From being the hallmark of intelligence agencies, biometrics has found application in every walk of life today. Today, most commercial organizations –from corporate offices to hospitals, from research labs to clubs—which feel the need to restrict access in their premises have embraced biometric access control.
The above quote aptly captures how biometric access control is going to permeate into all walks of life. Advancements in the field of biometric technology means that biometric features can now be captured quickly, processed unobtrusively, with a high degree of acceptance. Let us take a look few application areas and try to understand how biometric access will completely change the way we approach access control systems.
Biometric access control systems in airports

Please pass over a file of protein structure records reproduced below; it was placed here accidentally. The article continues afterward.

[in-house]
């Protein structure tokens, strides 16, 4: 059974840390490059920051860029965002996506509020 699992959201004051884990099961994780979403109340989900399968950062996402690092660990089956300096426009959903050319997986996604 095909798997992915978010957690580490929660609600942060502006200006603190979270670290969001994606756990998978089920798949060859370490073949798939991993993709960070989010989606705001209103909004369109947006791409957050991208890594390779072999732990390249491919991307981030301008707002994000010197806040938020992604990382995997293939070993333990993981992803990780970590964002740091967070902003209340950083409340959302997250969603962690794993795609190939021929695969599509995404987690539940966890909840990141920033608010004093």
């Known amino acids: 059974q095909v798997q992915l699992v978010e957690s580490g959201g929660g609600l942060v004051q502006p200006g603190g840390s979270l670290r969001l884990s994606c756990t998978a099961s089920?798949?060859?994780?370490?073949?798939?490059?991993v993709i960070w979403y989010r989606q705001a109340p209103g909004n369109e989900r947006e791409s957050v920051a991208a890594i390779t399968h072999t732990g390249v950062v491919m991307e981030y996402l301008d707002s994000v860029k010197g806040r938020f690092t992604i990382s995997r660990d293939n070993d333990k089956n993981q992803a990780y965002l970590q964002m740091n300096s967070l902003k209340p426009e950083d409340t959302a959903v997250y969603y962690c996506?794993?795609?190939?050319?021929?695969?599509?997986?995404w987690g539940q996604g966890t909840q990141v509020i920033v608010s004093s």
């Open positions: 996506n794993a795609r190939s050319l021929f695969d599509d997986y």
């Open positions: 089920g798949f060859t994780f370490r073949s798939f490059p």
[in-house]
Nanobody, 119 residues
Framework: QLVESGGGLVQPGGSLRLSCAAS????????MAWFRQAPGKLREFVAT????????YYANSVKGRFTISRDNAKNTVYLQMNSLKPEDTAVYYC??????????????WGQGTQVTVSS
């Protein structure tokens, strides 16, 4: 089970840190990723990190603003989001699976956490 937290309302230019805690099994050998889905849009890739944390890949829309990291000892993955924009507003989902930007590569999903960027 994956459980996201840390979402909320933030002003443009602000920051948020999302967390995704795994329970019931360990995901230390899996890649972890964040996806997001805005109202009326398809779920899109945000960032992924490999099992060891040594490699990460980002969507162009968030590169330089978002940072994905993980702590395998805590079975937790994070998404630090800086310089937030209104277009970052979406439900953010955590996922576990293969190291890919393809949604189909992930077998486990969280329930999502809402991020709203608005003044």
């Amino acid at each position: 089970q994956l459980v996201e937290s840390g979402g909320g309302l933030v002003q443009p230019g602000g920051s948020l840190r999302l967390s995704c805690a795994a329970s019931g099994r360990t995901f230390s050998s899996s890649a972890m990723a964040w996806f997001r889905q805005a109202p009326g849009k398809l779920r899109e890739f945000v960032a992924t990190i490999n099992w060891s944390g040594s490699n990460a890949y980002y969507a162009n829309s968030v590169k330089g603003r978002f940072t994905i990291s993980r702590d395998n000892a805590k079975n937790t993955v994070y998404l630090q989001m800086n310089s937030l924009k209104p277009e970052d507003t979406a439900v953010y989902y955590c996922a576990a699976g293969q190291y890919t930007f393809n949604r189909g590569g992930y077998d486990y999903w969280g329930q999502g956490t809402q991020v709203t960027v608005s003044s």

Airport security systems have witnessed a gradual but controlled shift towards biometric access control systems over the past few years. These changes are being brought in to strengthen airline assets, airports and passenger security especially in the light of rising security threats.
The new biometric security system will use biometric data to confirm the identity of passengers. Fingerprint based access control with its high degree of reliability and ease of use is the most popular airport security system available. However, other biometric security systems like retinal scans and facial patterns are also steadily gaining ground.